Alone Is What I Have
By J.H. Watson
~ 725 Words
Sherlock closed the article he’d been reading and restored the newsfeed on his phone as he said, “Well, John, that’s another assassin down.”
“Were you talking to me? My name’s Mohammed.”
Sherlock looked up sharply. John wasn’t there. Sherlock scanned the only person there. Single. College student. Education visa from Pakistan. Left-handed engineering major who would be lucky to get a Second at City University London. Dating an economics major far smarter than him and two years older. Slow developing kidney disease.
Sherlock shook his head. The man tossed the t-shirt he’d been folding into the basket, picked the basket up and left Sherlock alone in the laundromat. In was after two in the morning. Sherlock had chosen the time deliberately. He’d been surprised to find even Mohammed sharing the facilities with him.
Sherlock thought of John’s reaction to finding him doing his own laundry, let alone at a public laundromat. He smiled. Of course, it had been awhile since he’d had to deal with his own laundry. He’d forgotten exactly how tedious the task was.
At the thought of John Watson, an almost overwhelming craving for a cigarette washed through Sherlock. He walked over to the vending machines, shoved some coins into one, selected something chocolate. It didn’t really matter what, it wouldn’t be satisfying. Very little was satisfying right now.
Sherlock ate the chocolate candy automatically, tasting little. He considered coffee, but he hadn’t slept in several days and he knew he needed to sleep soon. He’d been getting careless, talking out loud more often. Talking to John.
Who wasn’t there.
But Sherlock hated sleeping. When he slept he dreamed and when he dreamed he saw John. Falling. Crumbling to the ground, a neat hole in the front and the back of his head a ragged, gaping hole. The occipital lobe gone along with large parts of the parietal and temporal and the blood flowing, flushing more brains onto the ground. And Sherlock stood there, looking down, automatically classifying the damage, the smoking gun in his hand.
The dryer beeped recalling Sherlock to his purpose. He took the clothes from the dryer and dumped them on the folding table. He looked at the pile.
John Watson would have taken one look at the jeans, t-shirts and hoodies and said, “Decided to give Spencer Hart a night off?”
Once more a smiled played at the corners of Sherlock’s lips. He fought the sentiment stirring in his chest, trying to soar in a rush of dopamine to his brain. Sentiment was a chemical defect found in the losing side. Love was a dangerous disadvantage.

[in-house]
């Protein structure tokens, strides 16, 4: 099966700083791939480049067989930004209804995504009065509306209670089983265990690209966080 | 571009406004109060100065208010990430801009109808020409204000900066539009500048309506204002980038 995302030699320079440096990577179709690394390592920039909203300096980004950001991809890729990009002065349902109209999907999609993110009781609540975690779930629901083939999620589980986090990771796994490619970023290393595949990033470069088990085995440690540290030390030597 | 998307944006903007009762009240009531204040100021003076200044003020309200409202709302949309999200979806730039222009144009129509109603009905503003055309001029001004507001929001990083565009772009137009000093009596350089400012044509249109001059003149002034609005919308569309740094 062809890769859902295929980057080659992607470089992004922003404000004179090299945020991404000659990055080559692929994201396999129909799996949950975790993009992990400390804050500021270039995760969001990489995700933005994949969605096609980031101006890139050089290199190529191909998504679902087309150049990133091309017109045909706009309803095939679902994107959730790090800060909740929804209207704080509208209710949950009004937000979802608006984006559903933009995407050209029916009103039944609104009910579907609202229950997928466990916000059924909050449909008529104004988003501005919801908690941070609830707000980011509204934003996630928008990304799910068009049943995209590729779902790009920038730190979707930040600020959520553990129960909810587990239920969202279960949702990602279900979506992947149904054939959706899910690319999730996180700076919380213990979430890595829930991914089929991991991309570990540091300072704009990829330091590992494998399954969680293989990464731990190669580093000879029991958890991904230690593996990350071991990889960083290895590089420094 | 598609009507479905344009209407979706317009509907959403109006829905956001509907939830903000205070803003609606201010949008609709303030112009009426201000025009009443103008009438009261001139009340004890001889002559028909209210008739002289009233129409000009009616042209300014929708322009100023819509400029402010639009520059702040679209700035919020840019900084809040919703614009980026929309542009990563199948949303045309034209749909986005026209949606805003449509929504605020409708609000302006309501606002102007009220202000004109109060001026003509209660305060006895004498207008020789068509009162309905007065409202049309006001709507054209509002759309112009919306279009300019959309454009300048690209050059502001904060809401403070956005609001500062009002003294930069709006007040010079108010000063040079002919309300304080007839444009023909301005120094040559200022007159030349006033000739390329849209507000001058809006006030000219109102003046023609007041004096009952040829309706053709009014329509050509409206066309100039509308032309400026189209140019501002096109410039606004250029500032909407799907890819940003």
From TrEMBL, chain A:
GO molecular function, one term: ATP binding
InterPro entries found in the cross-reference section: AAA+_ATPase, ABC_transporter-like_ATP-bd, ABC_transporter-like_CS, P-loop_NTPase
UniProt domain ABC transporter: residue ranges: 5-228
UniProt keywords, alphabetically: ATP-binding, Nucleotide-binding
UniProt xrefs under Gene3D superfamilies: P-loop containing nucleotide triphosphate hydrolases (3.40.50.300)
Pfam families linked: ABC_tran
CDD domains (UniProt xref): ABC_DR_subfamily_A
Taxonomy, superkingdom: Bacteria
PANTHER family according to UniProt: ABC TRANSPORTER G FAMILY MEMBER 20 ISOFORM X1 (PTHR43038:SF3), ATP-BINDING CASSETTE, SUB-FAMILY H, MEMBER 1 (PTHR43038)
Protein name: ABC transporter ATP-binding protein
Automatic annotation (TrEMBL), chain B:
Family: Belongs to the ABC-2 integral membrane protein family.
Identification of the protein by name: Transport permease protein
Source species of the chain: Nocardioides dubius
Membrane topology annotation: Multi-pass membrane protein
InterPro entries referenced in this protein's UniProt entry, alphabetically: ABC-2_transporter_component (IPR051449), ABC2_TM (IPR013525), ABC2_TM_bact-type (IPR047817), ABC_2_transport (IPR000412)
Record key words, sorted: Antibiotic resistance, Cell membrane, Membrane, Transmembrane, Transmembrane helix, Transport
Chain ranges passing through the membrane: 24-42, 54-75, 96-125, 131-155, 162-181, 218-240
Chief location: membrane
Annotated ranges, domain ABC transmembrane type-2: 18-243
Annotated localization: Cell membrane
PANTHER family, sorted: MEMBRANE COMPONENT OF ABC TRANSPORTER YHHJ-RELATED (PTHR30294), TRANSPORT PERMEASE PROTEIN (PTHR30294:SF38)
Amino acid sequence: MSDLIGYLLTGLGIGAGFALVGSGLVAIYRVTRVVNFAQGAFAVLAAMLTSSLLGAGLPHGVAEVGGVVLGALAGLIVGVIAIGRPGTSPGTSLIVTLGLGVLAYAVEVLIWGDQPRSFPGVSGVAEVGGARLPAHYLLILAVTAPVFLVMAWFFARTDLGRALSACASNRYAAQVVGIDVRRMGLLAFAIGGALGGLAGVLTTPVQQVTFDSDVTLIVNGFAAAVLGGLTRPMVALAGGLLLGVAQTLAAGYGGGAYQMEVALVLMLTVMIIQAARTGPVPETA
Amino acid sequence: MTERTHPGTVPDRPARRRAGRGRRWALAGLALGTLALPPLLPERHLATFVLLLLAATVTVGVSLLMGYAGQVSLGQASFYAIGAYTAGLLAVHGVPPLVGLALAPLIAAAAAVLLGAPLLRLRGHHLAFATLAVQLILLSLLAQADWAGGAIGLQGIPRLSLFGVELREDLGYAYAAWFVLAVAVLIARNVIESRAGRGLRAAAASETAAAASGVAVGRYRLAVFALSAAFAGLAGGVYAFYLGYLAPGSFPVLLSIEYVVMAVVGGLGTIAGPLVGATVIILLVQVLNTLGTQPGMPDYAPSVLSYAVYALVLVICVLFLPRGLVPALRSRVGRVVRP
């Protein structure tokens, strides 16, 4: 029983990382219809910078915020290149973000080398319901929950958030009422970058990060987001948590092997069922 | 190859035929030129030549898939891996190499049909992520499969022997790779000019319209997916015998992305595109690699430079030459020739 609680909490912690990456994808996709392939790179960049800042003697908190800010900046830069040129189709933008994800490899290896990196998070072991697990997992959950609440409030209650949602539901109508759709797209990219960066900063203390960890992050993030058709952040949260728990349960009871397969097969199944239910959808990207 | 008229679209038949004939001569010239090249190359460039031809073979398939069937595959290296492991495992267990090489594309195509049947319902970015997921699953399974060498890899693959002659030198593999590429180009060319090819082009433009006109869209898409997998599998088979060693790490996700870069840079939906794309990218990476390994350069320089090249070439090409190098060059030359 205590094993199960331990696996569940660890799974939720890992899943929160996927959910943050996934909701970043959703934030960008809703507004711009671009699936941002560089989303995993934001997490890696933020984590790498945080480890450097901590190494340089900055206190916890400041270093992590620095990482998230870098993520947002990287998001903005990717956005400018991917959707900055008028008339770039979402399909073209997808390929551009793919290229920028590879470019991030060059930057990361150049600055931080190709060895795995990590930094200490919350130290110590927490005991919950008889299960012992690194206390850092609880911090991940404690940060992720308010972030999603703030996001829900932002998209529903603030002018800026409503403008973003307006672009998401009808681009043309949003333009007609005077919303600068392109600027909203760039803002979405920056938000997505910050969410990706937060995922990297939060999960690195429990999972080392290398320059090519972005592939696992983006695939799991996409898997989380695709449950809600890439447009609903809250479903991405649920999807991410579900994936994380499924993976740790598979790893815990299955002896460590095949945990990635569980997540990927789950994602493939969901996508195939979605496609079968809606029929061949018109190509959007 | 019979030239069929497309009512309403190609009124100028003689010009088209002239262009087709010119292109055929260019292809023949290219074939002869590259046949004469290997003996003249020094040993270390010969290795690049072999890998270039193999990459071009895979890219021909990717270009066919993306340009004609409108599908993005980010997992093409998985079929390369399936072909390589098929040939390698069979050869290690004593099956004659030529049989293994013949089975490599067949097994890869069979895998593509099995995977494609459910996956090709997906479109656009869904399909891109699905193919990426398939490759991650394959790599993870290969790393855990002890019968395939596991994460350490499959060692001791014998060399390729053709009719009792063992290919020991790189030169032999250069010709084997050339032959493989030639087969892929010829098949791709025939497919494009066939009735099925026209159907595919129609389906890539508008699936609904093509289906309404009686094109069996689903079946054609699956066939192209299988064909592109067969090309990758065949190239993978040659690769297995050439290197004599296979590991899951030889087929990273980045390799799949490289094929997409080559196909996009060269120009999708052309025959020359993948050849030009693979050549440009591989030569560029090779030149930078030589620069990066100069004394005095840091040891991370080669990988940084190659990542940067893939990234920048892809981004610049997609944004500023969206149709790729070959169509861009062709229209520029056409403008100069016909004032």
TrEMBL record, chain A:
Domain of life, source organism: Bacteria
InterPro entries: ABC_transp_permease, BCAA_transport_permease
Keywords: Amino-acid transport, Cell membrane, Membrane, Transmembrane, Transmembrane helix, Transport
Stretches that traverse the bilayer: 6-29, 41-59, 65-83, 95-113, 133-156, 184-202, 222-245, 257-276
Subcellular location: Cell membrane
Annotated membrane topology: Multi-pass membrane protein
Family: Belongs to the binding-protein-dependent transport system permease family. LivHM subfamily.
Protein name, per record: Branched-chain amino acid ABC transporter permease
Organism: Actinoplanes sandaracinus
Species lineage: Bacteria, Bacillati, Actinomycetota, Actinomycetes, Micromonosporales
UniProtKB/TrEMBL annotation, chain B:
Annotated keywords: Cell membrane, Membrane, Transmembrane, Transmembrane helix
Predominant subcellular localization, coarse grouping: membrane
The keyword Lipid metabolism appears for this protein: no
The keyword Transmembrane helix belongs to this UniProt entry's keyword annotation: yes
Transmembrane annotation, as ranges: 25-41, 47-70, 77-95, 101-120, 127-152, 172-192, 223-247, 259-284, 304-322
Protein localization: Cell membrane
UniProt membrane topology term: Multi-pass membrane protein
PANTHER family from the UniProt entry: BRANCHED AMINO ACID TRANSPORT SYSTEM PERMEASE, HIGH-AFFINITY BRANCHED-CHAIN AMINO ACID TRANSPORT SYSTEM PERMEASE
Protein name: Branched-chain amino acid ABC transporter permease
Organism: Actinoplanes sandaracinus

But even more dangerous was lying to oneself.
In the honest moments, like this one, Sherlock knew he loved. He’d let Moriarty destroy everything but his friends. And Sherlock had even lost them, for now.
He was no stranger to being alone. He’d felt alone most of his life. Alone had been peaceful, detached, like floating above the chaos, looking down on ordinary people’s lives. He had learned to embrace detachment like a Buddhist monk.
Now alone felt like a huge, sucking vortex, a black hole threatening to pull Sherlock in, extinguishing all light, crush him in the darkness. With a start of surprise, Sherlock realized he was…lonely.
As he folded the last of his clothes, he explored the experience. Like a tongue drawn inexorably to a sore tooth, Sherlock probed the pain, recalling John in that first taxi ride to a crime scene, the moment of realization that John Watson had saved him from swallowing the poisoned pill, the lurch in his chest as John wrapped himself strapped in a Semtex vest around Moriarty, and all the other moments until the last.
But the point of all this was to prevent it from being the last. John was not dead and neither was he. And as soon as it was safe, he would let John know he was alive. In one last moment of open honesty, he thought, “Alive but not living.”
Some other night owl entered the laundromat and gave Sherlock the once over and a brief nod. Homeless. Alcoholic. Looking for a relatively dry, warm, safe place to kip. Sherlock threw the last garment in his backpack, drew the hoodie further over his face, and stepped out into the night — alone.
### End ###